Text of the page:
Accusing Feds of “Vindictiveness,” Michael Flynn Retracts Guilty Plea
In a move that has been a long time coming, former national security adviser Michael Flynn filed Tuesday a motion to retract his guilty plea, telling the court that the Justice Department was guilty of acting in “bad faith” with respect to his prosecution.
Flynn, who plead guilty to lying to the FBI during the Trump/Russia investigation, moved to reverse his plea only days after the DOJ increased their recommendation for Flynn’s sentencing, asking the court to put him in jail for up to six months.
In the filing with the court, Flynn’s lawyers said that the plea change comes about as a result “of the government’s bad faith, vindictiveness, and breach of the plea agreement.”
“The prosecution has shown abject bad faith in pure retaliation against Mr. Flynn since he retained new counsel,” the filing reads. “This can only be because with new, unconflicted counsel, Mr. Flynn refused to lie for the prosecution. Justice is not a game, and there should be no room for such gamesmanship in the Department of Justice.”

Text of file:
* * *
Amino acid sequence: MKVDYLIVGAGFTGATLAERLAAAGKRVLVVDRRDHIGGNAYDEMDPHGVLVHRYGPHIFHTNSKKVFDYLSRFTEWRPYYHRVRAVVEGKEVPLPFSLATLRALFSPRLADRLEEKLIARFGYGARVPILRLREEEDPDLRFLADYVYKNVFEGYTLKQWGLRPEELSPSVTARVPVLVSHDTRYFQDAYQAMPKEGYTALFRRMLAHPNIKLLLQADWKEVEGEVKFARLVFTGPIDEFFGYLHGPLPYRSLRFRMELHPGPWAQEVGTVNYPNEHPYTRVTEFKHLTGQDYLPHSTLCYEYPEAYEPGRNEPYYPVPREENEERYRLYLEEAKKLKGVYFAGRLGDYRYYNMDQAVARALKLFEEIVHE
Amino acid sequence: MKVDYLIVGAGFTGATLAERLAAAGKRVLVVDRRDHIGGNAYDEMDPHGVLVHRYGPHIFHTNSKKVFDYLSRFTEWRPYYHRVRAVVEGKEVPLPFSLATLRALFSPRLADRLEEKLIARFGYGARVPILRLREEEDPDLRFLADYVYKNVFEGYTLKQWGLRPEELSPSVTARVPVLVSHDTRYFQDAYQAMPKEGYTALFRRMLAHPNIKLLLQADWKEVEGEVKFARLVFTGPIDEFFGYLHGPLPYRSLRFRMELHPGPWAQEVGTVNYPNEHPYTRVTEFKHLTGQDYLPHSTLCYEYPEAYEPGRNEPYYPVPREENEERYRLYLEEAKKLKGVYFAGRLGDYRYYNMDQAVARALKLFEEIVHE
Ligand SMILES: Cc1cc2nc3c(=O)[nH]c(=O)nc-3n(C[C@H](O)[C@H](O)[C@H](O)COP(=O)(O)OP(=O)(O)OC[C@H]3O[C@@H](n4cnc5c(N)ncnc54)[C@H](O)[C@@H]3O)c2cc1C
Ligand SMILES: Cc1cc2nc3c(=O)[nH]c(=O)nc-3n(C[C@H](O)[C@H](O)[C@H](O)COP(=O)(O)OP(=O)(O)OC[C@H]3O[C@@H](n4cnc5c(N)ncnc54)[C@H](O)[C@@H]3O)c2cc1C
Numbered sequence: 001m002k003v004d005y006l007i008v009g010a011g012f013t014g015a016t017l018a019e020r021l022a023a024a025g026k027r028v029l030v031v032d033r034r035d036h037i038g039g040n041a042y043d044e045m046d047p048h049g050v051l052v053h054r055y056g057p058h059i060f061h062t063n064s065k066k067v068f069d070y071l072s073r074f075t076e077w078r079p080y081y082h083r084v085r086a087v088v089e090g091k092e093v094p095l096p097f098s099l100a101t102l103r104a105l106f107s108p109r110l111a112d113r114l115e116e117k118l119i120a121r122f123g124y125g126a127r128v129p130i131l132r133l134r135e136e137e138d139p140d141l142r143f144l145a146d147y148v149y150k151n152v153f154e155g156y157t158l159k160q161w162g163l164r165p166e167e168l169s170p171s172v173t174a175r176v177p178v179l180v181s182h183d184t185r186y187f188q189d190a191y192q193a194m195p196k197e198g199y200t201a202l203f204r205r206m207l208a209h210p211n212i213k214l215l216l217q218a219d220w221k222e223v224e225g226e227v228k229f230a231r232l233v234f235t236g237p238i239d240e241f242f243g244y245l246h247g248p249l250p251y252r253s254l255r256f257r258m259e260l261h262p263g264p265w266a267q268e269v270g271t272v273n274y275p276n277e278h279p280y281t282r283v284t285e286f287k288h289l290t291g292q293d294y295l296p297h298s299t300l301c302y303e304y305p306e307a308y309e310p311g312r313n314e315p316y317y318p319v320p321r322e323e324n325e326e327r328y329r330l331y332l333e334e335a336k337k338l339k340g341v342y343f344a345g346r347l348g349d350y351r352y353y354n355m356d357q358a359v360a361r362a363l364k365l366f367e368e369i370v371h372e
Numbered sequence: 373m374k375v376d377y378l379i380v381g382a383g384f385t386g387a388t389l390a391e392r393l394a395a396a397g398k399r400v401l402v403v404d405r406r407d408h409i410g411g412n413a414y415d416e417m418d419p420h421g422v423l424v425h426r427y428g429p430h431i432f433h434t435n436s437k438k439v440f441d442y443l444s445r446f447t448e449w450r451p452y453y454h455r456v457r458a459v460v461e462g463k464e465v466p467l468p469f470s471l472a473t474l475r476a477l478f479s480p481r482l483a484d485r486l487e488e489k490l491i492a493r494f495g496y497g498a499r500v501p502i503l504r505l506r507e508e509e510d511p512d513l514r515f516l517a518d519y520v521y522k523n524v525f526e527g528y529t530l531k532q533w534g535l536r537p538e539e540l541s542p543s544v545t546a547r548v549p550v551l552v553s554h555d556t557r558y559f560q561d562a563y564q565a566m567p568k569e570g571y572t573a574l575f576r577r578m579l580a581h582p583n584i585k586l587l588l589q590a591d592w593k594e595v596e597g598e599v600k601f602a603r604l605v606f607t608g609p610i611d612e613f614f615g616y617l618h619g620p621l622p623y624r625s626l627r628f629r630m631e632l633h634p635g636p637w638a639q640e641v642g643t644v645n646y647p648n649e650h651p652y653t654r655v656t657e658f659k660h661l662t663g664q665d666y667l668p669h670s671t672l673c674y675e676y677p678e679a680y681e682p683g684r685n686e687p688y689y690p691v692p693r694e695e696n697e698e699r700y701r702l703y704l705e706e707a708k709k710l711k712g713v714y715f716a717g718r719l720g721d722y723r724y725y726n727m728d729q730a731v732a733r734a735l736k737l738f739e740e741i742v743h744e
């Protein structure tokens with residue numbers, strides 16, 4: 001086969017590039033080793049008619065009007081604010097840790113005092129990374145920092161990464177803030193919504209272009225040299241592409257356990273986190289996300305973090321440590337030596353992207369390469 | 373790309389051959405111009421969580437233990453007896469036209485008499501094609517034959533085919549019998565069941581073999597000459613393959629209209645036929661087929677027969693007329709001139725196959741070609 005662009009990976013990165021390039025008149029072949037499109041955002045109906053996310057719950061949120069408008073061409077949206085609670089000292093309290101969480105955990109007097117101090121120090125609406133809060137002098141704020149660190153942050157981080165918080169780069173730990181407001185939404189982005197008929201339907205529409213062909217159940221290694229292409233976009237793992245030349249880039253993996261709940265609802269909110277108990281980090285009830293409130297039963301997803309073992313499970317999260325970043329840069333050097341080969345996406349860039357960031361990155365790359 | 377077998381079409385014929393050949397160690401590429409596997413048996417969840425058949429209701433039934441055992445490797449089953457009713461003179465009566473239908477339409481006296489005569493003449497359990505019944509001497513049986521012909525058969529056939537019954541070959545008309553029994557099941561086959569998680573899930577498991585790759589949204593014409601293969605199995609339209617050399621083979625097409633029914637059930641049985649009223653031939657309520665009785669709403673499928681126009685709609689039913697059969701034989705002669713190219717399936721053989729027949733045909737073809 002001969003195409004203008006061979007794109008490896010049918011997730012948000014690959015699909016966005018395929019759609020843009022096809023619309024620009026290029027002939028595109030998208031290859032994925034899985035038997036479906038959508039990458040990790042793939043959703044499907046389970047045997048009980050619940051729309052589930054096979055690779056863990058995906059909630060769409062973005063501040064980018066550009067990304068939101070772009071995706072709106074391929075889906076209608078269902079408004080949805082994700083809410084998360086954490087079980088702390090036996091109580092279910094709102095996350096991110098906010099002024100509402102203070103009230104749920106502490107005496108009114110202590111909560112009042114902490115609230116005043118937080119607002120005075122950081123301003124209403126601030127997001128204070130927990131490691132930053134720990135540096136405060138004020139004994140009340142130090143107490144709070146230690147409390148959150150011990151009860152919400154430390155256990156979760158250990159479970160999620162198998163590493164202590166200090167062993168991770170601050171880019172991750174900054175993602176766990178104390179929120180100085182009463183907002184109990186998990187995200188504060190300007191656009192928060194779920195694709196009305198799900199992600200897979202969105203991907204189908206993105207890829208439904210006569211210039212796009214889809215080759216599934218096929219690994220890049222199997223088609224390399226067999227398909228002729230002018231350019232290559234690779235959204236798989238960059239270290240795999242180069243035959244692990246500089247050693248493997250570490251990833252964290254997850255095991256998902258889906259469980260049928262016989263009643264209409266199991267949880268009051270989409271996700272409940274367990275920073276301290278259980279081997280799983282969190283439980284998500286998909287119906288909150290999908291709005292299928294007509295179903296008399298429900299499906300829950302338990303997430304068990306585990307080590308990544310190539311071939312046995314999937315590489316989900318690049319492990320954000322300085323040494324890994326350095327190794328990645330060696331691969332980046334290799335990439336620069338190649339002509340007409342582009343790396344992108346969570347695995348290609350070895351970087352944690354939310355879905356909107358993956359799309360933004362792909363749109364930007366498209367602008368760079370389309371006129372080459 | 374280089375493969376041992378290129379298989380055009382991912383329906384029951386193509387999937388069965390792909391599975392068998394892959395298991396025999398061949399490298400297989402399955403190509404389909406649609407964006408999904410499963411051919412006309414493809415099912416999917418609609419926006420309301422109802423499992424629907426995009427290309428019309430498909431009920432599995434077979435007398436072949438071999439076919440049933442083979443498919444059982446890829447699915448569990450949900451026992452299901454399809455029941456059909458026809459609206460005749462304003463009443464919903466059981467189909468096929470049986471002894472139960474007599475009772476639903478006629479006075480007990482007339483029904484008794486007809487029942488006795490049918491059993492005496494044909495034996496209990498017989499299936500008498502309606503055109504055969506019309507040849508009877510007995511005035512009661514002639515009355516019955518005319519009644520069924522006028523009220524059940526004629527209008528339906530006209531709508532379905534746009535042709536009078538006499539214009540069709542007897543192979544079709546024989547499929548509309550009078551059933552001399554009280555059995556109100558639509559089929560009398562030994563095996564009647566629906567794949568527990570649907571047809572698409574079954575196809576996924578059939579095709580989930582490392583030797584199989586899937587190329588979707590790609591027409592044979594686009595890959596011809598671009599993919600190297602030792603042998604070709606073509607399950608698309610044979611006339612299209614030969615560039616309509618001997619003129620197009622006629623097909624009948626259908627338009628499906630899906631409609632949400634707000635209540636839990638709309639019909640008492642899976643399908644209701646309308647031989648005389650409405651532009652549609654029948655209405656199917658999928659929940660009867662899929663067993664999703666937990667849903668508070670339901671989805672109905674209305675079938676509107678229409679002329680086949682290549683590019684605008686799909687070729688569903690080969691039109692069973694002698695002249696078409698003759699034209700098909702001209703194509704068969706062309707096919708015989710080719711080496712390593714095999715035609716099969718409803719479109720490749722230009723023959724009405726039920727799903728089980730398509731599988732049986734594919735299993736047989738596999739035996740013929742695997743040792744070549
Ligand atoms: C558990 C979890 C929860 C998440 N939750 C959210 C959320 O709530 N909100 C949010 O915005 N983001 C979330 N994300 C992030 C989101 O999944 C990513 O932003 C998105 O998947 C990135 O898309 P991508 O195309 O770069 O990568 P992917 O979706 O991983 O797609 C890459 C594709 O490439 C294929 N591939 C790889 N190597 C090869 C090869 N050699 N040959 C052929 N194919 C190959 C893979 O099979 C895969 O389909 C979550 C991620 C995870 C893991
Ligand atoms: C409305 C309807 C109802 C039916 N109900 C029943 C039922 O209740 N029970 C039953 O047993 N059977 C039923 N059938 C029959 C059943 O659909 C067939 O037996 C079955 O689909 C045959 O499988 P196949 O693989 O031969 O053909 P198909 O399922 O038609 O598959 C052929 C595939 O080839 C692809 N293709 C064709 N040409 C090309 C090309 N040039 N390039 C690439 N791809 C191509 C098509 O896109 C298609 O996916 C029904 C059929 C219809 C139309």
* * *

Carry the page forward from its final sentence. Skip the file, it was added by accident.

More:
The Flynn team argues that the Justice Department is only recommending prison time over probation because Flynn will no longer cooperate with the government’s narrative.
“Michael T. Flynn is innocent,” his lawyers argued. “Mr. Flynn has cooperated with the government in good faith for two years. He gave the prosecution his full cooperation.”
Flynn’s original indictment came about after an interview in which he allegedly lied to the FBI in 2017 about his conversations with former Russian ambassador Sergey Kislyak. While FBI officials, including Director James Comey, have subsequently testified to Congress that they felt Flynn was being truthful in that interview, he nonetheless plead guilty to avoid maximum prosecution. In filings with the court last month, Flynn argued that he was pressured into making that plea by federal officials. The judge in his case rejected that argument.
Last September, Flynn’s lawyers argued that the prosecution “affirmatively suppressed evidence (hiding Brady material) that destroyed the credibility of their primary witness, impugned their entire case against M. Flynn, while at the same time at the same time putting excruciating pressure on him to enter his guilty plea and manipulating or controlling the press to their advance to extort that plea.”
Flynn also argued last year that the interview itself was an ambush meant to entrap him.
“When the Director of the FBI, and a group of his close associates, plot to set up an innocent man and create a crime — while taking affirmative steps to ensnare him by refusing to follow procedures designed to prevent such inadvertent missteps — this amounts to conduct so shocking to the conscience and so inimical to our system of justice that it requires the dismissal of the charges for outrageous government conduct,” his lawyers argued.
District Court Judge Emmet Sullivan will have to sign off on Flynn’s plea request for it to go through.